The greatest test of the Federal Union was the war that broke out in 1861 after long years of sectional strife within the union between North and South. The Civil War was really an abortive nationalist revolution, the attempt of the Confederate (Southern) states to set up a separate sovereignty, as the southern Democrats lost political control at the national level.
The South was predominantly agricultural, with a society based largely on plantation slavery and on cotton and tobacco, much of which was exported abroad. The North was increasingly industrial, with a society based largely on free labor and independent farm owners. Northern business owners preferred protective tariffs, which hurt the South in its competition for markets.
To the conflict of economic interest was added a conflict of ideals, of ways of life. The fires of conflict were fanned by the question of slavery, which seemed immoral to many in the North, and which seemed the order of nature to many in the South. With the election of Abraham Lincoln (1809-1865) in 1860, the South anticipated an attack on the institution of slavery, which was increasingly defended on ideological grounds that made compromise difficult. Upon the secession of South Carolina and its sister states in the winter of 1860-1861, antagonism reached the point of open war.
In retrospect, the victory of the North has an air of inevitability. The North was greatly superior in population—especially since the South did not dare use slaves as soldiers—and in industrial resources. Yet aided by an able corps of officers, by the advantages in morale that determined underdogs have, and by disastrous Northern overconfidence, the South won initial victories that gave its cause great momentum.
But the North thwarted the efforts of Confederate diplomats to secure British intervention and was able to improvise a naval force that gradually established a blockade, shutting off the South from importation of necessary war materials. Northern determination, manpower, and materials wore the Southern armies down by the spring of 1865, and the last Confederate forces capitulated in May. In the previous month, President Lincoln had been assassinated.
The road to reunion after 1865 was not easy, and in the first years of the Reconstruction period after the war it appeared to be almost impossible. The South was occupied by Northern soldiers, the former slaves were enfranchised, and a period of political instability followed.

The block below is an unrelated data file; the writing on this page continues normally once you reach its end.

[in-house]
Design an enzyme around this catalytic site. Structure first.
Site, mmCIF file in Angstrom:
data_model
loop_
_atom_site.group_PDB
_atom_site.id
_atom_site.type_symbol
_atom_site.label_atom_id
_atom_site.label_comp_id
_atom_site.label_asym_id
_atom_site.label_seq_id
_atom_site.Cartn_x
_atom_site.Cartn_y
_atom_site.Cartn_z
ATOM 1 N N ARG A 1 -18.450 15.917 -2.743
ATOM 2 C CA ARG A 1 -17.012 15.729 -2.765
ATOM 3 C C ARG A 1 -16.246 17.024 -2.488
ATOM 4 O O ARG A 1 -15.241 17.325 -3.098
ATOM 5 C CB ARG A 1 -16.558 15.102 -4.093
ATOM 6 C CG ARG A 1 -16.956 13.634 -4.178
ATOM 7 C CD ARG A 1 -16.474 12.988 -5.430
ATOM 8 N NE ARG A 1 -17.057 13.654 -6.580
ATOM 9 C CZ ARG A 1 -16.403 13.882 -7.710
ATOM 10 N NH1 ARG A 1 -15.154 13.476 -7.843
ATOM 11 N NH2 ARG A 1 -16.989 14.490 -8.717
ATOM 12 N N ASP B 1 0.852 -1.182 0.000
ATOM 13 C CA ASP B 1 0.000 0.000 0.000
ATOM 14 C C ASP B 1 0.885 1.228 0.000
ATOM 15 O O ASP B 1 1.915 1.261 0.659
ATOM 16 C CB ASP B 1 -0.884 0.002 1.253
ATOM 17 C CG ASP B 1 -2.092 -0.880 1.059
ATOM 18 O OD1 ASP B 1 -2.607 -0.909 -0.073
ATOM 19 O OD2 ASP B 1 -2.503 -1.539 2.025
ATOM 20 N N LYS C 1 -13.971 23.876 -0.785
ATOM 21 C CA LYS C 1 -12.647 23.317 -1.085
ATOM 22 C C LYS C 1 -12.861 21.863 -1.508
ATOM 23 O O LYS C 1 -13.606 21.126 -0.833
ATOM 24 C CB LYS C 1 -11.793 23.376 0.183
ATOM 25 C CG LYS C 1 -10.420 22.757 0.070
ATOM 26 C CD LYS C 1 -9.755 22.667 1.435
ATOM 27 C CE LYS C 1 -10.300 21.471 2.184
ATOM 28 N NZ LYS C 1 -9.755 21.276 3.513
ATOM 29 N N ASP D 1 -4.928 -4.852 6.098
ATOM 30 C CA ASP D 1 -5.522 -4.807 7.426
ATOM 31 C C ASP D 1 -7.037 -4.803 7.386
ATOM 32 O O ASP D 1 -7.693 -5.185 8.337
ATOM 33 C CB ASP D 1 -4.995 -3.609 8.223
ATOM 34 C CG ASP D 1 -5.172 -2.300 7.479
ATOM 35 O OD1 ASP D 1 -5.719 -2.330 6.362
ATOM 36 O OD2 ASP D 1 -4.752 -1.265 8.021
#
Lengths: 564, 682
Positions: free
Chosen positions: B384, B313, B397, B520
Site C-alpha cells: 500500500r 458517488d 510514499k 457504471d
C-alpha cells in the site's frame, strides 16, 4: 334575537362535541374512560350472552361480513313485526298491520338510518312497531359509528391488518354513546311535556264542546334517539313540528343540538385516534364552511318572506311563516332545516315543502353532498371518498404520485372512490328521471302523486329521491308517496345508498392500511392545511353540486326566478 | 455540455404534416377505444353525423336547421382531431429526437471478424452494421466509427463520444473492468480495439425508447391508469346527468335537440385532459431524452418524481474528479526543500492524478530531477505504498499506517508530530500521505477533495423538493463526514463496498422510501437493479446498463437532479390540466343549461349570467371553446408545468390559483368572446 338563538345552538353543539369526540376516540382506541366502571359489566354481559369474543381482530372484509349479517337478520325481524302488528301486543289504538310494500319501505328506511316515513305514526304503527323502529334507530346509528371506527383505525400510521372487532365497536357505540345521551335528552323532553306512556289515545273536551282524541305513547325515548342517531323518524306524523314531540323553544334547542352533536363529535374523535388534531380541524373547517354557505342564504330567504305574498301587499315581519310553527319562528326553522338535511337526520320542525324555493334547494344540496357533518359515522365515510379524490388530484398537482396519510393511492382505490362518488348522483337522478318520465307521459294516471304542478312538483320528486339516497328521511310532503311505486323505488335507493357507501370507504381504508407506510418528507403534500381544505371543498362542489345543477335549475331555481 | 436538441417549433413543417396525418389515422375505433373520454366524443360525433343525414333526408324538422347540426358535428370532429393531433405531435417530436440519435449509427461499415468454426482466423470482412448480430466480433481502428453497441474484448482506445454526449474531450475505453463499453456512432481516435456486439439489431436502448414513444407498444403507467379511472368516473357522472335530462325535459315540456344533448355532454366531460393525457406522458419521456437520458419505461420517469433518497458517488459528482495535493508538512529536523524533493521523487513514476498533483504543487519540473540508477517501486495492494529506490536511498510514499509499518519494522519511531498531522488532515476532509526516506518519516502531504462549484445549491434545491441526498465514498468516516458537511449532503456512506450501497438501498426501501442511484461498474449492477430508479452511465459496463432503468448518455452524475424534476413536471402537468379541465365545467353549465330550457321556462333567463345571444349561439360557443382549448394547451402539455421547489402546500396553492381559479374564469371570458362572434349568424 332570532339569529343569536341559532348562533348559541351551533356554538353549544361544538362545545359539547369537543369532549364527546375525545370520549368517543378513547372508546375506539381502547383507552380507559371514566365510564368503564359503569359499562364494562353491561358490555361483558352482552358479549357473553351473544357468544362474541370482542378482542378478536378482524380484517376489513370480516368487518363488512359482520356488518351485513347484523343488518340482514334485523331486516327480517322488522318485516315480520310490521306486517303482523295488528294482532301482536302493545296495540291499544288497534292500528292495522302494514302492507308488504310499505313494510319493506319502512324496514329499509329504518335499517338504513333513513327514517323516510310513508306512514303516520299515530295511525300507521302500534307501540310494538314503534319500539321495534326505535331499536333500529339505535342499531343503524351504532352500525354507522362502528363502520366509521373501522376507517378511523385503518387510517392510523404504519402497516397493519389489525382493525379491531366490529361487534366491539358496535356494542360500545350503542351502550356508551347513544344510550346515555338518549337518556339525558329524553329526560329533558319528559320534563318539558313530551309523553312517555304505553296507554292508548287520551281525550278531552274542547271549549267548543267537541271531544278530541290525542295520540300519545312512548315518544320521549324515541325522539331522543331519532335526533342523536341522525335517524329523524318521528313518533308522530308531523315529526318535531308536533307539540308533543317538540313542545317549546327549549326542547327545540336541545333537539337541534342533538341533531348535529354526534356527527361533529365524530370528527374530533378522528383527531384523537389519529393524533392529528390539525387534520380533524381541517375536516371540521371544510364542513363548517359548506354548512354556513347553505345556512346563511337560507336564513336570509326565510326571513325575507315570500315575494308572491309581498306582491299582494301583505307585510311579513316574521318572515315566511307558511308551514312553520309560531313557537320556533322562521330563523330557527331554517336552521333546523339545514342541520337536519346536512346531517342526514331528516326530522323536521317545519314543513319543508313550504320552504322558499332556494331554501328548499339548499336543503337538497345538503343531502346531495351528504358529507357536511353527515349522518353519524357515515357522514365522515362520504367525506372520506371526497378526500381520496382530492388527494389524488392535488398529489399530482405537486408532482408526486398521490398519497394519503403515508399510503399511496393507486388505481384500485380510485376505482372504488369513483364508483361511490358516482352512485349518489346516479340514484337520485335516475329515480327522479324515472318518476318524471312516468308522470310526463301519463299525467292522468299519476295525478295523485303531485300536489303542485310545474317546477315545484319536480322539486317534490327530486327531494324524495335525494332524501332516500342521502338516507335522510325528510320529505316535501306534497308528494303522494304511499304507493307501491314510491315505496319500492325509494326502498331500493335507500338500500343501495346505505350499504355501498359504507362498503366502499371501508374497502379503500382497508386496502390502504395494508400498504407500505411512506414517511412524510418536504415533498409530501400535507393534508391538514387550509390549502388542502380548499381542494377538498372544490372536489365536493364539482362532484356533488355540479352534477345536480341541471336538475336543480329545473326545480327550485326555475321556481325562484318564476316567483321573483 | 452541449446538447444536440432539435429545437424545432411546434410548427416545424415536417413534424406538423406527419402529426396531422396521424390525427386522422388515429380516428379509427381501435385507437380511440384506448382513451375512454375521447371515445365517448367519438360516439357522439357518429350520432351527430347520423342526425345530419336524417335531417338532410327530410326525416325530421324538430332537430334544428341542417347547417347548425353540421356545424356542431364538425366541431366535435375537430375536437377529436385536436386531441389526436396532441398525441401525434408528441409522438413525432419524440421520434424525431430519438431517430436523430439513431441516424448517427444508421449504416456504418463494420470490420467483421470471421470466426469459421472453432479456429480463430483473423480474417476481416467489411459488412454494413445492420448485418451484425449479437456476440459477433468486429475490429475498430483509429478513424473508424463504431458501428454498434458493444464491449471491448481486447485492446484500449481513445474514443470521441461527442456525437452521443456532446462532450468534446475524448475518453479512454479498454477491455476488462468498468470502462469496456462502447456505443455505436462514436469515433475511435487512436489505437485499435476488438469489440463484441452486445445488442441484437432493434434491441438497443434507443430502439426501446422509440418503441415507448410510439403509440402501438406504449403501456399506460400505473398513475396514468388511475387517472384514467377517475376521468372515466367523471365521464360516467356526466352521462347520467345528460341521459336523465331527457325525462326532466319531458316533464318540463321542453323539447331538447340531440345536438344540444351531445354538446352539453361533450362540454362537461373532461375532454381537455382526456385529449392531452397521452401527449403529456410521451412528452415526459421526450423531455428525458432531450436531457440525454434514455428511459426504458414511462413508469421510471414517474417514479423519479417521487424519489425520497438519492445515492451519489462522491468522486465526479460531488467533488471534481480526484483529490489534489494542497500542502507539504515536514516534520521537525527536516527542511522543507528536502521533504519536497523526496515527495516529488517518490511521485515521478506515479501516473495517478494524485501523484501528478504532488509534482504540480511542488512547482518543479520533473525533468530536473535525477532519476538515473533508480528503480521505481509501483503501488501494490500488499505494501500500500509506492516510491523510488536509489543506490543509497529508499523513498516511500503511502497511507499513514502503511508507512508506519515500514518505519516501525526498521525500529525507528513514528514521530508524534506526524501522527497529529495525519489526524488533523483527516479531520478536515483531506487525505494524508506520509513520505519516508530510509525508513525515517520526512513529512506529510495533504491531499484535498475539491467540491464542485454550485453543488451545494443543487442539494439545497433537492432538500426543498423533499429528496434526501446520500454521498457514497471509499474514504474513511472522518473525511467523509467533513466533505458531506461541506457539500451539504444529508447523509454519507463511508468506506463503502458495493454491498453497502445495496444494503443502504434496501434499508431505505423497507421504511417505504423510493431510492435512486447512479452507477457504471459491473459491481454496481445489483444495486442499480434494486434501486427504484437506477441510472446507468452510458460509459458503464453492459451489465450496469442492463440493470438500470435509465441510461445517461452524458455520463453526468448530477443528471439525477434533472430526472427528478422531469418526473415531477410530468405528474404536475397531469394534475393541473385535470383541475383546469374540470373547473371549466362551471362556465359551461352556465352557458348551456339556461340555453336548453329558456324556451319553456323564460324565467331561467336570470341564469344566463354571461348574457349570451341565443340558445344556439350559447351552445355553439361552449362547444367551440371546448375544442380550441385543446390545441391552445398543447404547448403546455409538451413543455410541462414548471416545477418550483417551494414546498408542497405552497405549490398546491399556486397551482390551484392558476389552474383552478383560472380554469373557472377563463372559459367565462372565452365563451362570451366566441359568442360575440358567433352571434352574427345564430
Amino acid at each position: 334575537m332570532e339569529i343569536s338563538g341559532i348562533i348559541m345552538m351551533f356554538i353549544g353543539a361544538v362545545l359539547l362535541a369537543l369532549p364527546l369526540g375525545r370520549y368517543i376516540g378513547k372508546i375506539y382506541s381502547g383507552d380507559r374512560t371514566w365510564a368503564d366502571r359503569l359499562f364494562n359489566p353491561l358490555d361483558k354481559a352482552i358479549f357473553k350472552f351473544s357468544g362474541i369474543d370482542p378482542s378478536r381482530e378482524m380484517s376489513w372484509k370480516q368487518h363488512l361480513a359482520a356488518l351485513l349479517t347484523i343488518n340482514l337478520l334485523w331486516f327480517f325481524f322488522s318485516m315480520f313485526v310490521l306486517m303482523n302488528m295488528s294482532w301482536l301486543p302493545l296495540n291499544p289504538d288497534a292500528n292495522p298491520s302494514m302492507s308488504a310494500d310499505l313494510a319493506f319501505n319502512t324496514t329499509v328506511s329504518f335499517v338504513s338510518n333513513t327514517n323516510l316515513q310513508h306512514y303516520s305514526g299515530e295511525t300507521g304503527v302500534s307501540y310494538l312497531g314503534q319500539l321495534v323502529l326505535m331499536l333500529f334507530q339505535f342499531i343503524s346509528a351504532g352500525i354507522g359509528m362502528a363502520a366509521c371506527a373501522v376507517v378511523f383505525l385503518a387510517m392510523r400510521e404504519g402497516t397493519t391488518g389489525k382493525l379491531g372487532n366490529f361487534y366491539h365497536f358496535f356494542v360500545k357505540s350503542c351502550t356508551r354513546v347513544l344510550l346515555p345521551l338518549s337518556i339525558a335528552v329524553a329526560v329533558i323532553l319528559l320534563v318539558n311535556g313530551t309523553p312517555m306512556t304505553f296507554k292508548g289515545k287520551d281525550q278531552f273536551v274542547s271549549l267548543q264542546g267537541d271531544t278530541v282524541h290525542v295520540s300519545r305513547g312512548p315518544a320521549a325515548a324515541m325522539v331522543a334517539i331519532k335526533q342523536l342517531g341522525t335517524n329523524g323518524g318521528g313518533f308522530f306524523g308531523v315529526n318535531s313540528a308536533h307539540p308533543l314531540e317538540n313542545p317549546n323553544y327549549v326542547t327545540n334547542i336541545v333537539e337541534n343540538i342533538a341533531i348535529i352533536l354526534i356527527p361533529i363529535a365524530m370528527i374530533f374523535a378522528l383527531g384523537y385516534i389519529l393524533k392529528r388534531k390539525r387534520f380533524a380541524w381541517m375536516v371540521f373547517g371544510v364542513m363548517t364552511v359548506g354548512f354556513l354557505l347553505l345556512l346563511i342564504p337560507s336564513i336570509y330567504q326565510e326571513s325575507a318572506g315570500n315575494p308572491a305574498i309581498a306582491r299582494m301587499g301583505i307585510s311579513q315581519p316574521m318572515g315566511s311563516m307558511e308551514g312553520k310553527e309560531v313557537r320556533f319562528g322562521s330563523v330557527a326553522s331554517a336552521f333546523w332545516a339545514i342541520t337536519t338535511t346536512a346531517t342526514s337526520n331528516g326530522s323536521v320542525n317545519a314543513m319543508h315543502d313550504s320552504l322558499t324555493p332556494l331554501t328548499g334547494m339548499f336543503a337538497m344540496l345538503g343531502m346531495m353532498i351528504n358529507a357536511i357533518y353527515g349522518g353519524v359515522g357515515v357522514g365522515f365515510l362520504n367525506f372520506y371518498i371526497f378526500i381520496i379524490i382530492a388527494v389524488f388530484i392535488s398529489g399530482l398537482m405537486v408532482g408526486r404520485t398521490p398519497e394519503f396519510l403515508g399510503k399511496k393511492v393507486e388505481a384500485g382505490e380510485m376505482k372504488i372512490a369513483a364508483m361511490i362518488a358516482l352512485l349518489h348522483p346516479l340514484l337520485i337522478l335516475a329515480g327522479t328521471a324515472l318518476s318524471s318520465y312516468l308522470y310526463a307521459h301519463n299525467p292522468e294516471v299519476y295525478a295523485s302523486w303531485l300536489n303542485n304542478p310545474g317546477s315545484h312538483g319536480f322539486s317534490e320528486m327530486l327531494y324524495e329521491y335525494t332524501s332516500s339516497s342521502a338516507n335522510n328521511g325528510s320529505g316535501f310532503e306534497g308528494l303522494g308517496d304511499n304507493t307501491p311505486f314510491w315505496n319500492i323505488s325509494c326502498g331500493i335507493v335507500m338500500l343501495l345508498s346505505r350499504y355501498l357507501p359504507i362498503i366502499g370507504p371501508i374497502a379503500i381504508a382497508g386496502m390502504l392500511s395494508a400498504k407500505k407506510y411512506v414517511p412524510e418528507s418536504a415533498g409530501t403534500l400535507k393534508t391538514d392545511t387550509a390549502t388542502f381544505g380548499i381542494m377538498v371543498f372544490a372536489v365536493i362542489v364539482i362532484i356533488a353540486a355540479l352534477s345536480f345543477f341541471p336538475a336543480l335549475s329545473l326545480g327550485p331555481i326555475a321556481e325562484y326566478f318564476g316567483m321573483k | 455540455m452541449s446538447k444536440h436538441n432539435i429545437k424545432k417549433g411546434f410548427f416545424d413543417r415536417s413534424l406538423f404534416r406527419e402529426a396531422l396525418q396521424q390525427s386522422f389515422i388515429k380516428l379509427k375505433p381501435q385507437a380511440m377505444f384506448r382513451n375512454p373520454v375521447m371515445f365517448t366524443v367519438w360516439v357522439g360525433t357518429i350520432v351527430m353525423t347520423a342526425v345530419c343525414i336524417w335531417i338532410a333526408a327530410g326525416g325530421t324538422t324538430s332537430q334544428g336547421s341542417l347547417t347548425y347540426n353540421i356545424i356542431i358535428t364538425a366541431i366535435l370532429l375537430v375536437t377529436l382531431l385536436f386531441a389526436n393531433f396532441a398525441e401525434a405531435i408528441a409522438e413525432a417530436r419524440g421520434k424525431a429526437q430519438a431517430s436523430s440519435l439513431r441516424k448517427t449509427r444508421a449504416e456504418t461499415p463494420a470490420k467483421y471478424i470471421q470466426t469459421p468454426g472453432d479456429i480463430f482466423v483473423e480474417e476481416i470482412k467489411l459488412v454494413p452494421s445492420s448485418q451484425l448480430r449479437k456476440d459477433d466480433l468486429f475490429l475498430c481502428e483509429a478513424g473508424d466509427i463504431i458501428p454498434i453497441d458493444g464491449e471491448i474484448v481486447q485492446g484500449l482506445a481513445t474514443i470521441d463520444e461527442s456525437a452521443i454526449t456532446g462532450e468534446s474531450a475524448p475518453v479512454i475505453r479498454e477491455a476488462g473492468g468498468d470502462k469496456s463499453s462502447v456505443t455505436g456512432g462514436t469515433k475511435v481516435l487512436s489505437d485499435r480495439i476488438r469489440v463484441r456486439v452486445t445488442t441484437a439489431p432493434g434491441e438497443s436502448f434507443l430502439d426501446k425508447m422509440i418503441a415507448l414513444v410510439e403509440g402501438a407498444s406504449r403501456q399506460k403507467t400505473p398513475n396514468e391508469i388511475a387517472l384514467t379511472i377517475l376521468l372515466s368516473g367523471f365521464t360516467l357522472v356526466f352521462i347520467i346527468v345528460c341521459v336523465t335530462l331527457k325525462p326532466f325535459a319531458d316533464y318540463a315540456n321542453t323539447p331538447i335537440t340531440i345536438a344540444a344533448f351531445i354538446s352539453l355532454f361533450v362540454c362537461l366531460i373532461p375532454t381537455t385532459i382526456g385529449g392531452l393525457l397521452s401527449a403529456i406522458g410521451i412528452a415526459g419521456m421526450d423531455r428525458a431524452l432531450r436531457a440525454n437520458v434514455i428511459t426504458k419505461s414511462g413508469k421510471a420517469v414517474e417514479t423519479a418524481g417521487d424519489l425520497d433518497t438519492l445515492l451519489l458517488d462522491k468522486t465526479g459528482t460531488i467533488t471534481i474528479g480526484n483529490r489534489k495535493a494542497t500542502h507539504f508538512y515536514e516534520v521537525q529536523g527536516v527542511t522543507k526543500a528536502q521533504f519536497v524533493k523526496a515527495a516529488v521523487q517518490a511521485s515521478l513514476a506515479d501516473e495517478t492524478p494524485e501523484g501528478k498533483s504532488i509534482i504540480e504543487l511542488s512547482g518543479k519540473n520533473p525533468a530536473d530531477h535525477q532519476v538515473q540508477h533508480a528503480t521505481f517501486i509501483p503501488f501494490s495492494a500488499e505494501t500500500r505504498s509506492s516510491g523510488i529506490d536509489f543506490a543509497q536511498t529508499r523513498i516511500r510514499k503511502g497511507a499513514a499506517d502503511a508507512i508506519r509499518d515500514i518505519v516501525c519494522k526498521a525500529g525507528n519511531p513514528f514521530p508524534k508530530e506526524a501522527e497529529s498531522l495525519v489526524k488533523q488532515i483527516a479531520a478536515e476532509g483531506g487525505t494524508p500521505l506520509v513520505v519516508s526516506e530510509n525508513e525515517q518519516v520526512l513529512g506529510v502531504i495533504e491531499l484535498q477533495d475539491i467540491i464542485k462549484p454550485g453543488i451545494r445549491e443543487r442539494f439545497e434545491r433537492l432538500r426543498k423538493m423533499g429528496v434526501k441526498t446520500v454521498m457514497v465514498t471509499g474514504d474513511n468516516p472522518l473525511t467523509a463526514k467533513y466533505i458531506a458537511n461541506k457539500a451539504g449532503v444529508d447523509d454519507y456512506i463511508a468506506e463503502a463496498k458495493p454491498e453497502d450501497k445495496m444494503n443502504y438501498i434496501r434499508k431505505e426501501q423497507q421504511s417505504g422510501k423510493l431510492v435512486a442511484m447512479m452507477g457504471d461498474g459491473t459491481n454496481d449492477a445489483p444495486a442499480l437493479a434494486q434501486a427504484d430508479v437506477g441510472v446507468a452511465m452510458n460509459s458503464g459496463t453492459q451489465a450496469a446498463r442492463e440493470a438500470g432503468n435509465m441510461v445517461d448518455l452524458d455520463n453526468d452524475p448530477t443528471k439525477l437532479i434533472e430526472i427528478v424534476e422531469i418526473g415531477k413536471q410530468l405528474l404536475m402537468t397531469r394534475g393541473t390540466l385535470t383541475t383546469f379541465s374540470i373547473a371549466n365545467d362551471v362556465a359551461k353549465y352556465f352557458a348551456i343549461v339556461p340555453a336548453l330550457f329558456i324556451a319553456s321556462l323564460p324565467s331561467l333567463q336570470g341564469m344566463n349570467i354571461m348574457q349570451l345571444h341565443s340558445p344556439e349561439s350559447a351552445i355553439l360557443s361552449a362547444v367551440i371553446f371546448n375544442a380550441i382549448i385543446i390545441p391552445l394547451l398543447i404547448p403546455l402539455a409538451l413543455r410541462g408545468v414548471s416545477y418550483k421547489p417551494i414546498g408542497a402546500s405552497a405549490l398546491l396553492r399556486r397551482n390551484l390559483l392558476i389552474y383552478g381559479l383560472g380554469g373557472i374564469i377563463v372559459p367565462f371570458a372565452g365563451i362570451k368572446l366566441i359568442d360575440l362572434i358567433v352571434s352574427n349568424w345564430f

Yet the Civil War did not end as such wars have often ended, in wholesale reprisals, executions, and exile. There were very few political refugees of the kind that often emerge from defeated causes; the soldiers of the South returned to devastated homes and lost fortunes, but under amnesty. Gradually the crusading fervor of the North over matters of racial freedom subsided, as a generally conservative view prevailed in both major postwar political parties.
Conservative, business-conscious Northerners were anxious to get back to normal conditions and quite prepared to compromise with like-minded Southerners at the expense of racial equality and other democratic ideals. By 1877 the Southerners had regained control over their states through a political bargain. Slavery was never restored, but blacks were in effect disfranchised, and “white supremacy” was restored. An era of growing racism followed.
The end of Reconstruction left the Democratic party in control of what came to be called the “solid South.” This was a natural development, for the Republican party had guided the North during the war and had tried to carry through Reconstruction.
This situation worked to strengthen the American two-party system, since with so secure a voting block for the Democrats, the Republicans were forced either to make compromises among themselves to preserve their own party unity or lose power; and the northern Democrats were forced to make compromises with their southern wing.
Third-party movements, whether radical or reactionary, did not develop as in Europe. Politically minded groups that could offer attractive programs soon found their ideas absorbed by the two main parties.